Direct detection and differentiation of dermatomycosis pathogens by DNA microarray

Dermatomycoses are extremely widespread, and are characteristically long-lasting, recurring and very difficult to cure. Early and accurate identification of the causative agent is essential for targeted therapy. A new DNA microarray provides direct detection and differentiation of the most important dermatomycosis pathogens in one reaction. The assay simultaneously detects up to 50 dermatophyte species, and provides species identification for 23 of these, as well as 6 yeasts and moulds. The microarray analysis aids differential diagnosis of dermatomycoses from other dermatoses (e.g. psoriasis), and specifically identifies mixed infections with yeasts and moulds. The dermatomycosis microarray is part of the established EUROArray platform, which also includes microarrays for multiplex identification of sexually transmitted infections (STI) and complete detection and typing of human papillomaviruses (HPV).

by Dr Jacqueline Gosink

Dermatomycosis
Dermatomycoses are infections of the skin, hair and nails which are typically caused by dermatophytes and in rarer cases by yeasts and moulds. Fungal infections of the skin are the most frequently occurring infectious diseases globally with high and growing relapse rates. Elderly people and immunocompromised patients are especially at risk. Worldwide, around 20 to 25% of the population is affected by fungal skin diseases.

Infections which are caused exclusively by dermatophytes are referred to as dermatophytoses or tinea. Tinea pedis, which occurs on the soles of the feet and between the toes, is one of the most frequent forms worldwide, followed by tinea unguium, which affects the nails, and tinea corporis, which affects the neck, back or trunk. Further forms, for example, on the face, legs, beard area, arms and hands, are rarer. Nail infections caused by dermatophytes and/or yeasts/moulds are called onychomycoses. They are typically accompanied by deformation of the nail.

Pathogens of dermatomycosis
Dermatophytes encompass fungi of the genera Trichophyton, Epidermophyton, Nannizzia, Paraphyton, Lophophyton, Microsporum and Arthroderma. Individual species are classified as anthropophilic, zoophilic or geophilic according to their main occurrence. Human pathogenic yeasts and moulds include Candida spp., Scopulariopsis brevicaulis, Fusarium spp. and Aspergillus fumigatus.

Around 70% of human dermatophyte infections are caused by anthropophilic species. Trichophyton rubrum, in particular, is the most frequent cause of fungal skin infections worldwide. Infections can spread easily to other areas of the body or to other persons, for example, via showers, bathtubs or floors. Zoophilic dermatophytes are transmitted to humans by close contact with animals, especially pets, which are often asymptomatic. They can cause severe inflammatory reactions in humans. Geophilic dermatophytes cause disease less frequently in humans. Infections typically occur in gardeners and farm workers or children who play outside. Moulds and yeasts often cause opportunistic infections, benefitting from damage to the skin or nail caused by an existing dermatophyte infection. In immunocompromised individuals, local fungal infections may develop into systemic mycosis.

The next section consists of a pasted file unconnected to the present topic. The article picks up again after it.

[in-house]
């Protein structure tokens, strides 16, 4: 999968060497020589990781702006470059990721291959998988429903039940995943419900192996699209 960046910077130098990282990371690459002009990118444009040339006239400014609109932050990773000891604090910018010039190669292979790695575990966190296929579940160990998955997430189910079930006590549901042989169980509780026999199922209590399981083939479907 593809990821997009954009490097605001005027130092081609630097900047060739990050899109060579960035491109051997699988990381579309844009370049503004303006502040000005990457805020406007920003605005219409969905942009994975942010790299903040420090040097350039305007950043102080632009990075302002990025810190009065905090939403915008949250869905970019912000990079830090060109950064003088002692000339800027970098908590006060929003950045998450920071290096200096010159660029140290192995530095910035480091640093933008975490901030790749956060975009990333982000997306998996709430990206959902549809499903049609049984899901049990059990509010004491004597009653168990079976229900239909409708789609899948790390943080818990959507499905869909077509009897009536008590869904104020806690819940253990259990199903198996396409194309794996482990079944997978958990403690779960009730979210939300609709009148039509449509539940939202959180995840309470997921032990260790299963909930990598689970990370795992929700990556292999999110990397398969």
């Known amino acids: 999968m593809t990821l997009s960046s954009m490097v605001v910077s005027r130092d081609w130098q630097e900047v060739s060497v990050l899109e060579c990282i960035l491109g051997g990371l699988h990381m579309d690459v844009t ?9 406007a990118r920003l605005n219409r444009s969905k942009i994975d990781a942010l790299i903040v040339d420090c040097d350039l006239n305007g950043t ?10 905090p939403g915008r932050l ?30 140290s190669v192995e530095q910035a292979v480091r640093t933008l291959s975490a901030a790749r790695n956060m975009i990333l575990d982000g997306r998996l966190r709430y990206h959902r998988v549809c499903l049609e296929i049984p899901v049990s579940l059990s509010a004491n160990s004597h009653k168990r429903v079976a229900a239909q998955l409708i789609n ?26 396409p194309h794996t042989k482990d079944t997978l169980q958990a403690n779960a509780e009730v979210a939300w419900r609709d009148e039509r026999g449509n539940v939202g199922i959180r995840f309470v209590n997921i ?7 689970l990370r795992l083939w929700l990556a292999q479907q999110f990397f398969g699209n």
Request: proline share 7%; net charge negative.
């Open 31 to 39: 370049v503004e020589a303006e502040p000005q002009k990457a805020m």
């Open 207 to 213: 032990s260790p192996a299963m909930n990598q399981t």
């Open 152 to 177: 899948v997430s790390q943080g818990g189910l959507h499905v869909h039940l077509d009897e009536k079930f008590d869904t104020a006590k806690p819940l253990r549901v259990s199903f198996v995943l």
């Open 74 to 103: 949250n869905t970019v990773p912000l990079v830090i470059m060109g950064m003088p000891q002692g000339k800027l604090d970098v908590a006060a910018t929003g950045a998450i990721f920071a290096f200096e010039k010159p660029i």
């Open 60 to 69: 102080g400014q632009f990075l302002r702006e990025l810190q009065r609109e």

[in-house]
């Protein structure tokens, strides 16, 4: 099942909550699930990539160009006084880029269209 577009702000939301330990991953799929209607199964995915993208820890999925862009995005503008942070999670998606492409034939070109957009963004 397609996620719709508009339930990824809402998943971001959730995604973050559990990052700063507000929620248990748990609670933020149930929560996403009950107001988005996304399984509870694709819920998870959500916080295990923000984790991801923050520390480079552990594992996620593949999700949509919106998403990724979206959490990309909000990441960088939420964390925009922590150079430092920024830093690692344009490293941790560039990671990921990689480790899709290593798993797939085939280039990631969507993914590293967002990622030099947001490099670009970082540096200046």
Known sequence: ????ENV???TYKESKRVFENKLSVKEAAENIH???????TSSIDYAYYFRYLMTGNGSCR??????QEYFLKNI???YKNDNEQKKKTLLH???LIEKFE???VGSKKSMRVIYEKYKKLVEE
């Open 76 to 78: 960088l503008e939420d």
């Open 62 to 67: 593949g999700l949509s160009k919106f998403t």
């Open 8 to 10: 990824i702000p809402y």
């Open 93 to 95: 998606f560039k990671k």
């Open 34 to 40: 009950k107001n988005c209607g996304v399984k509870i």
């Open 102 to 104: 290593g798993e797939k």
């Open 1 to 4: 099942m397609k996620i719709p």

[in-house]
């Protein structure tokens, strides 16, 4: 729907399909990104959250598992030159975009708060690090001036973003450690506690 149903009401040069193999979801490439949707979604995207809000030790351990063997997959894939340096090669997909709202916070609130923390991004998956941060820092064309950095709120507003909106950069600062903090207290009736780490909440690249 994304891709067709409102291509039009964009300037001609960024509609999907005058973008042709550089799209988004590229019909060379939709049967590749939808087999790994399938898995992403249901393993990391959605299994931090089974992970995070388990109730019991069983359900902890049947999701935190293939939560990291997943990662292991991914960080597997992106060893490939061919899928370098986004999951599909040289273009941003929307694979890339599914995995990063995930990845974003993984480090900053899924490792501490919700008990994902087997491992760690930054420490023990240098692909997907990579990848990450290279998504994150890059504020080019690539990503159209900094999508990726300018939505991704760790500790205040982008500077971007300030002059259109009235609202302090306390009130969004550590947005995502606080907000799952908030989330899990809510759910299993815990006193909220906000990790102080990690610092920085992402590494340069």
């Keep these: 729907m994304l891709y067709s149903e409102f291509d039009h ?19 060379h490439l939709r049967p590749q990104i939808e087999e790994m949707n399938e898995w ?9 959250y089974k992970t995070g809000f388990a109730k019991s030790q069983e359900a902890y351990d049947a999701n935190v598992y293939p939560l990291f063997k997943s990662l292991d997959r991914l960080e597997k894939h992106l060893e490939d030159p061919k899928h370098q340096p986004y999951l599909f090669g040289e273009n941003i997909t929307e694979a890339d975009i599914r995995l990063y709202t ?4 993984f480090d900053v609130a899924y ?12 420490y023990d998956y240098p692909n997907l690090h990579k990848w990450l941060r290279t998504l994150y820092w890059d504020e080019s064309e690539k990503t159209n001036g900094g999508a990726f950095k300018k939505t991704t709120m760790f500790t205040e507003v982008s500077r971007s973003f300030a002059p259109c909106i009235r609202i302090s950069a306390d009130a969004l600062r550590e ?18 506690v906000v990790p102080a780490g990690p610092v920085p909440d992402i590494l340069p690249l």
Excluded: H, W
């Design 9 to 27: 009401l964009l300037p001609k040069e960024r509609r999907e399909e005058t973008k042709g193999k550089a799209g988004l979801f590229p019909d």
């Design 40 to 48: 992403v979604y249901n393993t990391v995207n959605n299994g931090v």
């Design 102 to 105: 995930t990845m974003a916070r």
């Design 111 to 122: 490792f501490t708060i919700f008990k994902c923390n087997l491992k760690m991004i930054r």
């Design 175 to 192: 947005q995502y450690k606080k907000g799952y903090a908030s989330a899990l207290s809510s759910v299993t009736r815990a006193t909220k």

Clinical picture
Dermatomycoses are clinically heterogeneous and cannot always be differentiated from other dermatoses, such as eczema, psoriasis, erysipelas, or autoimmune diseases such as Lichen ruber planus. Furthermore, 5 to 15% of onychomycosis cases comprise mixed infections of dermatophytes with yeasts and moulds. Simultaneous bacterial infection of the damaged skin, pretreatment with corticosteroid-containing preparations, or secondary contact allergy can also hinder diagnosis.

Dermatomycoses must always be treated. This is generally undertaken using various topical antifungal drugs, with severe cases sometimes requiring oral medication. Each drug has a limited activity spectrum. Positive pathogen identification prior to treatment enables targeted selection of the most suitable drug and optimal planning of the oftentimes lengthy therapy. In multiple infections, a change of the primary pathogenic agent may occur during the therapy and it may seem like the therapy is failing. This must be taken into account in the treatment of fungal infections of the nails, which may only yield first success after months. Identification of the causative pathogen also helps to determine the source of the infection. In the case of zoophilic pathogens, for example, this is usually a pet.

Laboratory diagnostics
Laboratory diagnostic methods for identifying dermatomycosis pathogens include microscopic detection and an attempt at culturing from clinical material. Successful culture in most cases enables species assignment based on micro- and macromorphological presentation of the fungus. Culturing is, however, time-consuming and is not possible for all dermatophytes. In mixed infections, false diagnoses may occur since slowly growing species may be overgrown or overlooked. Furthermore, antifungal therapy started before the sampling can hinder the culture.

Direct detection of pathogen genomic material by DNA microarray enables secure and accurate identification of the causative agent. Microarray analysis offers a significant time advantage over detection by culturing, and is especially useful for detecting dermatophytes that are difficult to cultivate. It provides higher sensitivity and specificity, even in patients already undergoing treatment. The EUROArray Dermatomycosis analysis includes a universal dermatophyte detection encompassing 50 species of the genera Trichophyton, Epidermophyton, Microsporum, Nannizzia, Arthoderma, Lophophyton, as well as species identification for the 23 dermatophyte and 6 yeast and mould species listed in Table 1.